What makes the Tunebug products interesting is that they are sound generators that turn a variety of surfaces into speakers. In fact, hold one up and you won't hear anything--it requires a reflective surface to create sounds (the company calls the technology it uses SurfaceSound).
(Image Caption: Vibe) The $70 Vibe connects to your player using a standard 1/8-inch audio jack, and comes with a Sound Base (which doubles as a carrying case) that you use to produce sound. But you can use any flat surface with it, although Tunebug suggests you'll get the best results with something such as a hollow box (on the show floor, I stuck my head inside an open-ended box for a demo, and it sounded decent--loud enough, although lacking in bass). The Vibe has a rechargeable battery that the company says will last for five hours on a charge.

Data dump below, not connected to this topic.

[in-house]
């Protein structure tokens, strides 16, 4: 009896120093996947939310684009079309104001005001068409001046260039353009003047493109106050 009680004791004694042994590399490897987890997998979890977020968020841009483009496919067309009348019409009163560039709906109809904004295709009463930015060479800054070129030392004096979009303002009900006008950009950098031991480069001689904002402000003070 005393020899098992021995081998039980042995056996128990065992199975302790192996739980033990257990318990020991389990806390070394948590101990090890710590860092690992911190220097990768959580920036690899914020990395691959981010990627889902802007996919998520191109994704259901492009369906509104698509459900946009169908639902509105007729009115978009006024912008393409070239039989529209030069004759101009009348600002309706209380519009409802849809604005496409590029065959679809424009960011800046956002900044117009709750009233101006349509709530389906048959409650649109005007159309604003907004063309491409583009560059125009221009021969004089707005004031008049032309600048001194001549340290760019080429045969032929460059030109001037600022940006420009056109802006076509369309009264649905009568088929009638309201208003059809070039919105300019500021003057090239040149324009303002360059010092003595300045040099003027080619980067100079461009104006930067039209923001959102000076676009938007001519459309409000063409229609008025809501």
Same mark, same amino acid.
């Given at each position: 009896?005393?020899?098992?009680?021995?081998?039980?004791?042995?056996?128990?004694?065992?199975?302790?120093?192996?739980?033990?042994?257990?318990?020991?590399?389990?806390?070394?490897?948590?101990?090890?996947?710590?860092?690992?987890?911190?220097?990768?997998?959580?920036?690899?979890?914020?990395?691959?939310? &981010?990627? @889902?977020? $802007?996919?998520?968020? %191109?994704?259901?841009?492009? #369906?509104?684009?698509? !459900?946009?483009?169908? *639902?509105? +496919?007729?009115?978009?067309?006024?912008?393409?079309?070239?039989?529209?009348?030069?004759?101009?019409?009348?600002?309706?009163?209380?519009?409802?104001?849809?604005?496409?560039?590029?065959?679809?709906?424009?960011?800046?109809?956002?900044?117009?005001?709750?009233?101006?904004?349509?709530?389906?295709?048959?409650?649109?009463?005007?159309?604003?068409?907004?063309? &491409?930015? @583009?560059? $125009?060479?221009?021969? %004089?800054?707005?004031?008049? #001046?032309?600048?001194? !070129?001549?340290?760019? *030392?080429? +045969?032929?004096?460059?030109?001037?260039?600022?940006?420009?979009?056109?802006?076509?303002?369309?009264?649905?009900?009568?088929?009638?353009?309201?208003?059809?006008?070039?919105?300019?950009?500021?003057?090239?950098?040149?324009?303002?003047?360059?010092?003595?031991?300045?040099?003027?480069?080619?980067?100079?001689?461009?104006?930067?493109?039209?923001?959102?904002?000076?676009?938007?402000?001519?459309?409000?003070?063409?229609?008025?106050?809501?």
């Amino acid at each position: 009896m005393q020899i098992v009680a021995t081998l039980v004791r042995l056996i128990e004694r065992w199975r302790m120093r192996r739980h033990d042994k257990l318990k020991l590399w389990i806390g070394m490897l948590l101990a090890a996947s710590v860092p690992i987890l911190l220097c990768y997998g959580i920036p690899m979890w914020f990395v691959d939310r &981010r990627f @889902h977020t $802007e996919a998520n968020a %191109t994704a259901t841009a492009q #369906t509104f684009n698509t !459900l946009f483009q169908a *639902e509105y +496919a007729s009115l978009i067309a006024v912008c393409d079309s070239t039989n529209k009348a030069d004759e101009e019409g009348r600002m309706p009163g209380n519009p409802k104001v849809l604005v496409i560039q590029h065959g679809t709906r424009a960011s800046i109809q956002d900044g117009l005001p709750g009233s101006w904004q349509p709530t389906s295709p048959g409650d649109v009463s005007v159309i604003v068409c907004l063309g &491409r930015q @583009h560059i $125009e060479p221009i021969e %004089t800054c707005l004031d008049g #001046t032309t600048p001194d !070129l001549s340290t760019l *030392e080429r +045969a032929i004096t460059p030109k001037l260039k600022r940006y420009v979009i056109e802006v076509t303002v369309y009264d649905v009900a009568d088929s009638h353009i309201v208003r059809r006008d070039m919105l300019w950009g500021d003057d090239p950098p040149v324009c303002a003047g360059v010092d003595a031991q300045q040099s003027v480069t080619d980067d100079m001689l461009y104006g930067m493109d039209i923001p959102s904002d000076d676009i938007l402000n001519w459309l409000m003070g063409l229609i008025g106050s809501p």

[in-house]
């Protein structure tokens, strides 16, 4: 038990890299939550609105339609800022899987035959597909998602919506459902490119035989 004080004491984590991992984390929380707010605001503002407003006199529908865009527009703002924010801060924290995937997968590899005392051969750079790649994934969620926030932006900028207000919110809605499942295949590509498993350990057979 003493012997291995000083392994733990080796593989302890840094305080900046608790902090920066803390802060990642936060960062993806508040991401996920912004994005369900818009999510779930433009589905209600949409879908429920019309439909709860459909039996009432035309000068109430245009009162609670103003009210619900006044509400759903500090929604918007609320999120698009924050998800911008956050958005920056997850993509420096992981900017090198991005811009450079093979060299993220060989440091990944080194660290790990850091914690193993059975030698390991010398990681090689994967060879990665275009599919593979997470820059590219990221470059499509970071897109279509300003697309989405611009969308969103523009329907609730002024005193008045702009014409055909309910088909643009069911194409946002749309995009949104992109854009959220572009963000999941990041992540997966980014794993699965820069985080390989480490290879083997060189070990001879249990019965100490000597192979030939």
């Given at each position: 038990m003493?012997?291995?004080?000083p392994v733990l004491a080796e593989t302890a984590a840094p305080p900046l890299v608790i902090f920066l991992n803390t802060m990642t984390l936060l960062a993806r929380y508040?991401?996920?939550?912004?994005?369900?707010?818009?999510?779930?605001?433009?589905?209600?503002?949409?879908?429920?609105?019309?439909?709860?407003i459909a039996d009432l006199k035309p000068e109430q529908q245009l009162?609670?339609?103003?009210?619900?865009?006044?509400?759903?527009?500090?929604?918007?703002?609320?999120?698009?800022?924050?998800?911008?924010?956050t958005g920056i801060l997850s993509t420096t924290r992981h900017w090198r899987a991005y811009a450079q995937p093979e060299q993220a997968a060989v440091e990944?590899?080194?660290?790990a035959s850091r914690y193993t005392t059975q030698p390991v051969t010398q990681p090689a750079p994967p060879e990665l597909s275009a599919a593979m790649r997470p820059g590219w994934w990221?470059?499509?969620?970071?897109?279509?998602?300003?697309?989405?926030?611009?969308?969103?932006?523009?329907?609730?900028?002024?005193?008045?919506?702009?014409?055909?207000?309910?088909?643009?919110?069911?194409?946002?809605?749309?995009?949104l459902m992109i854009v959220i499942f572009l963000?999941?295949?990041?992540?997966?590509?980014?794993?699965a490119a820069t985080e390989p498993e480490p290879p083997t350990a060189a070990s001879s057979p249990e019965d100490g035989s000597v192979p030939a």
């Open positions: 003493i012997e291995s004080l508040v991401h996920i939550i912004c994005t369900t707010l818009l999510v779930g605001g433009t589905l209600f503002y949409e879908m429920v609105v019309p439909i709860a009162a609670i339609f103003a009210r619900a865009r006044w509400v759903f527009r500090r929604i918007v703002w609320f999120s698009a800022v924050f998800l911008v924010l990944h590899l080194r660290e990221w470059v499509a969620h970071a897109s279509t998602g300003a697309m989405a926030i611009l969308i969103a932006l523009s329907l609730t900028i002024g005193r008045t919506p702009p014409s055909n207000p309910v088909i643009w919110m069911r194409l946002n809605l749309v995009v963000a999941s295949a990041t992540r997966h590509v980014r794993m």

(Image Caption: Shake) The Shake, which Tunebug plans to release in April for $120, builds on the Vibe concept by adding Bluetooth connectivity and touch-sensitive buttons for power and volume control. It's designed specifically for use with sport helmets for biking, skateboarding, and skiing--the Shake comes with TuneStrap and Gecko Mount harnesses--without requiring headphones that could block external sounds you might want to hear (an ambulance siren, say). Like the Vibe, it should provide five hours on a charge, and echarges from a USB port on your computer.
This story, "Tunebug Shows off Vibe and Shake Sound Generators" was originally published by Macworld.